AAS Annual Meeting

China and Inner Asia Session 81

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Session 81: Modernism in Chinese Poetry

Organizer: Paul Manfredi, Pacific Lutheran University, USA

Discussant: Christopher Lupke, Washington State University, USA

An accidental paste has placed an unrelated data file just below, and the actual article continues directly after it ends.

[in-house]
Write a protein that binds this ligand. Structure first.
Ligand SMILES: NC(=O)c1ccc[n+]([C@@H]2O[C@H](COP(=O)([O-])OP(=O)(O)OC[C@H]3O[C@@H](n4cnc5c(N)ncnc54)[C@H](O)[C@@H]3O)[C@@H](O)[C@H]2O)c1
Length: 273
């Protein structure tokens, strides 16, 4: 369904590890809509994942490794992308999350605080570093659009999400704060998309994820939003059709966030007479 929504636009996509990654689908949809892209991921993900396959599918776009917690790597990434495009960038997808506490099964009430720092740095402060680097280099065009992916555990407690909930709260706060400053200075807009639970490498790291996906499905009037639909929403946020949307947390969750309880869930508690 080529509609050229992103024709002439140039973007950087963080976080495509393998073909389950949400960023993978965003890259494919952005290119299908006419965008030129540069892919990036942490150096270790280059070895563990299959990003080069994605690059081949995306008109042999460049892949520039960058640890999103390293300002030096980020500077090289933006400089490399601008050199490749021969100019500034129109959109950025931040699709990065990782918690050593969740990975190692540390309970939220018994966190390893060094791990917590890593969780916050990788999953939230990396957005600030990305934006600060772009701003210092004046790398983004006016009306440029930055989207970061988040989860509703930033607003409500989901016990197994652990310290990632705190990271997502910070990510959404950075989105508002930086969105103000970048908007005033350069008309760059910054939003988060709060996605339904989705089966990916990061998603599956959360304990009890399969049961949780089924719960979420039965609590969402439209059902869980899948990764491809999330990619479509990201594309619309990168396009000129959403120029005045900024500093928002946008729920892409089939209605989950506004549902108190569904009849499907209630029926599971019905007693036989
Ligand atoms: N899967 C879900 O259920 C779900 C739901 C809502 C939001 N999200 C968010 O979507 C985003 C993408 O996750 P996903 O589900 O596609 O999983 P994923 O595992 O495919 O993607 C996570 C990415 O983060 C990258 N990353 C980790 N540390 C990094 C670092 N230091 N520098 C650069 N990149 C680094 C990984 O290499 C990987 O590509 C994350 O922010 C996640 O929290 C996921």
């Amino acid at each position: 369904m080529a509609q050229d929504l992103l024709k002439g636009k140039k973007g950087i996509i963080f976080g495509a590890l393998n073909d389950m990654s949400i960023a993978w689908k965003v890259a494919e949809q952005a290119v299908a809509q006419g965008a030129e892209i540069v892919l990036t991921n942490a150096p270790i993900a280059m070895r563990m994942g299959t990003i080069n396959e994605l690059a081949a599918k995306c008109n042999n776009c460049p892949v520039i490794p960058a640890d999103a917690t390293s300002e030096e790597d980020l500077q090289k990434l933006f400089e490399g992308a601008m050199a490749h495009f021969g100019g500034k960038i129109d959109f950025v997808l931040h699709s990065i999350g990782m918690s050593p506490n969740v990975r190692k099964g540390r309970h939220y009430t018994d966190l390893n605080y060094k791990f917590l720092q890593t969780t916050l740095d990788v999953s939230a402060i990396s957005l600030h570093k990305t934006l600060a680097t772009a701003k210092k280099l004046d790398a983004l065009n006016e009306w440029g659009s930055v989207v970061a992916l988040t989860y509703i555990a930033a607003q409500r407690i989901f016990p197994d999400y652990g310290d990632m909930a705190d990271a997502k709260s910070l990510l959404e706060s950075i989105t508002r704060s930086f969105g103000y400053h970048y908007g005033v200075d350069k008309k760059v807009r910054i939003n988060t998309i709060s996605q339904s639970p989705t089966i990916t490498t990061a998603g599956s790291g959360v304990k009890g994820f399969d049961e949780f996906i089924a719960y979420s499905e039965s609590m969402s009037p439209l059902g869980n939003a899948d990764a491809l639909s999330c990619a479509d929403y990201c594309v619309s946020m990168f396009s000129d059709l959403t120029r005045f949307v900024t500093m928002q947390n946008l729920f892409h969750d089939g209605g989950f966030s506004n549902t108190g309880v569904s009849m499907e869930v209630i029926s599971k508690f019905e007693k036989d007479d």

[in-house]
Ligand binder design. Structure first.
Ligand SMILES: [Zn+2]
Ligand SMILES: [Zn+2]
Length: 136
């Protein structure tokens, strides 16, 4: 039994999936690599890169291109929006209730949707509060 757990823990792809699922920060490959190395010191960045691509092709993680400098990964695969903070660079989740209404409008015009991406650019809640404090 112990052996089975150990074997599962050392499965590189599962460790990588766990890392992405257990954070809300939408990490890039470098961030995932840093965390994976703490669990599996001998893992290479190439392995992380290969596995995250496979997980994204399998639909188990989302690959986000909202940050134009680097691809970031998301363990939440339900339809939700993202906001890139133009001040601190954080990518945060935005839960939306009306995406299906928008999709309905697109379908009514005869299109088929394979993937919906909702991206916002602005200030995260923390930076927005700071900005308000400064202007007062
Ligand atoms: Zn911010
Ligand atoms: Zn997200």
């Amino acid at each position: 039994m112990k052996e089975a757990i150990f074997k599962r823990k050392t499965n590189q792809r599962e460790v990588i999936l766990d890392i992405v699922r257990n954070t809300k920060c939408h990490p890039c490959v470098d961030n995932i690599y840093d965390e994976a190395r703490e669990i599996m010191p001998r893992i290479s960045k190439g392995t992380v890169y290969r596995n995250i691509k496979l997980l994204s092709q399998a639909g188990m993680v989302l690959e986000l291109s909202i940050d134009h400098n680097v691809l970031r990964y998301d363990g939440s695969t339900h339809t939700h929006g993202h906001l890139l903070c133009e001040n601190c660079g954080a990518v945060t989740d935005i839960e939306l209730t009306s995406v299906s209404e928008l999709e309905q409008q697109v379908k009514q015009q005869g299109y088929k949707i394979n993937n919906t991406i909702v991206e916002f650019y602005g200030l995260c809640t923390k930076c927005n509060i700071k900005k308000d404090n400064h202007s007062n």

At the opening of the twenty-first century, there seems to be some resurgent interest in the subject of modernism. Modernism-related journals, for instance MODERNISM/MODERNITY, voluminous articles and monographs, perhaps epitomized by Marjorie Perloff’s 21st-century Modernism: The “New” Poetics, are all over in evidence. The field of Chinese Studies is certainly no stranger to this phenomenon, and in the contemporary context, has demonstrated a certain degree of prescience in the subject (though that may be attributed to rather historically narrow effect of “modernism debate” of the middle-to-late 1980s). Certainly, the 1993 volume Inside Out: Modernism and Postmodernism in Chinese Literary Culture (Edited by Larson, Wedell-Wedellsborg) explored the form and dimension of contemporary modernism in Chinese context, as have a wide variety of author studies and individual papers. Our current desire is to revisit the subject of modernist style specifically in Chinese context of poetry. There is, as yet, no monograph that considers the roughly 100-year history of modernist poetic writing in China, and very few articles which attempt a view that addresses multiple modernist “waves,” as they are typically conceived. How, for instance, does early twentieth-century modernism situated largely in Shanghai compare with that from 1950s Taiwan (or Hong Kong), and how do both and others relate to the resurgence in what, perhaps by misnomer, is called “modernism” in 1980s China? In this panel we will explore these questions, laying out a possible framework for understanding modernist style in China and beyond.